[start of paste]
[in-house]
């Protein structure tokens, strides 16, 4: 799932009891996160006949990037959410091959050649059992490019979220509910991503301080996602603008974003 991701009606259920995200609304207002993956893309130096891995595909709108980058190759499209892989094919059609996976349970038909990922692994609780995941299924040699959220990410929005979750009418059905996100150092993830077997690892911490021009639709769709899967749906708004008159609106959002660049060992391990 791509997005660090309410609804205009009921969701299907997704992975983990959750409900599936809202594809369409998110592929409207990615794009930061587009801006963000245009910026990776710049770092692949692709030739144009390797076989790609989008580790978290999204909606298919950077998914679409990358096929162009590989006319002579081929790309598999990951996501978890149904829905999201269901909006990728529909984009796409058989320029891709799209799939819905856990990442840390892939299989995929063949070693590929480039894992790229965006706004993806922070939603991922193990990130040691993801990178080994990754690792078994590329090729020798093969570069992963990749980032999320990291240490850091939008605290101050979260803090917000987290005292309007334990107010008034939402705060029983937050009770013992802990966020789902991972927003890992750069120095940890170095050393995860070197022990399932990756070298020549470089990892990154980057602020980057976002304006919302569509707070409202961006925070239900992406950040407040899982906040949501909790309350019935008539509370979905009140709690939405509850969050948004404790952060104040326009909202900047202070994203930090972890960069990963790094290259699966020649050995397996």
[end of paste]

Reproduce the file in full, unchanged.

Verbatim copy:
[in-house]
């Protein structure tokens, strides 16, 4: 799932009891996160006949990037959410091959050649059992490019979220509910991503301080996602603008974003 991701009606259920995200609304207002993956893309130096891995595909709108980058190759499209892989094919059609996976349970038909990922692994609780995941299924040699959220990410929005979750009418059905996100150092993830077997690892911490021009639709769709899967749906708004008159609106959002660049060992391990 791509997005660090309410609804205009009921969701299907997704992975983990959750409900599936809202594809369409998110592929409207990615794009930061587009801006963000245009910026990776710049770092692949692709030739144009390797076989790609989008580790978290999204909606298919950077998914679409990358096929162009590989006319002579081929790309598999990951996501978890149904829905999201269901909006990728529909984009796409058989320029891709799209799939819905856990990442840390892939299989995929063949070693590929480039894992790229965006706004993806922070939603991922193990990130040691993801990178080994990754690792078994590329090729020798093969570069992963990749980032999320990291240490850091939008605290101050979260803090917000987290005292309007334990107010008034939402705060029983937050009770013992802990966020789902991972927003890992750069120095940890170095050393995860070197022990399932990756070298020549470089990892990154980057602020980057976002304006919302569509707070409202961006925070239900992406950040407040899982906040949501909790309350019935008539509370979905009140709690939405509850969050948004404790952060104040326009909202900047202070994203930090972890960069990963790094290259699966020649050995397996």